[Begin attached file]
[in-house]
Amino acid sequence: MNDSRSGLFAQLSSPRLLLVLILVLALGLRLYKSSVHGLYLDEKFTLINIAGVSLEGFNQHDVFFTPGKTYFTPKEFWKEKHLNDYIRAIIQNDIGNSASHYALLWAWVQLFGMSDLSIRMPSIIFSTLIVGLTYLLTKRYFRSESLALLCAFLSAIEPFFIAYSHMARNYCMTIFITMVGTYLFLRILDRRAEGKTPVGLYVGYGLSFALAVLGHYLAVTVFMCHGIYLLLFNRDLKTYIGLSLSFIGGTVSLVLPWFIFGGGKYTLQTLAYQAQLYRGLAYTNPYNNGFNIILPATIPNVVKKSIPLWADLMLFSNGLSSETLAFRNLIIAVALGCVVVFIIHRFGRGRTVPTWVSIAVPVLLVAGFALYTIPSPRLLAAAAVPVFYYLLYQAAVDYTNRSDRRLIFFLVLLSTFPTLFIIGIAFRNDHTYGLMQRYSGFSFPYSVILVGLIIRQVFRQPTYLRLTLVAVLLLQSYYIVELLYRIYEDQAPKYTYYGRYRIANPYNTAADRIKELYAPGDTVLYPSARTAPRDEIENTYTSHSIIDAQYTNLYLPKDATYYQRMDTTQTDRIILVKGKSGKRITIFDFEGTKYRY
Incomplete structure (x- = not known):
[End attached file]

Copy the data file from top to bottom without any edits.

[in-house]
Amino acid sequence: MNDSRSGLFAQLSSPRLLLVLILVLALGLRLYKSSVHGLYLDEKFTLINIAGVSLEGFNQHDVFFTPGKTYFTPKEFWKEKHLNDYIRAIIQNDIGNSASHYALLWAWVQLFGMSDLSIRMPSIIFSTLIVGLTYLLTKRYFRSESLALLCAFLSAIEPFFIAYSHMARNYCMTIFITMVGTYLFLRILDRRAEGKTPVGLYVGYGLSFALAVLGHYLAVTVFMCHGIYLLLFNRDLKTYIGLSLSFIGGTVSLVLPWFIFGGGKYTLQTLAYQAQLYRGLAYTNPYNNGFNIILPATIPNVVKKSIPLWADLMLFSNGLSSETLAFRNLIIAVALGCVVVFIIHRFGRGRTVPTWVSIAVPVLLVAGFALYTIPSPRLLAAAAVPVFYYLLYQAAVDYTNRSDRRLIFFLVLLSTFPTLFIIGIAFRNDHTYGLMQRYSGFSFPYSVILVGLIIRQVFRQPTYLRLTLVAVLLLQSYYIVELLYRIYEDQAPKYTYYGRYRIANPYNTAADRIKELYAPGDTVLYPSARTAPRDEIENTYTSHSIIDAQYTNLYLPKDATYYQRMDTTQTDRIILVKGKSGKRITIFDFEGTKYRY
Incomplete structure (x- = not known):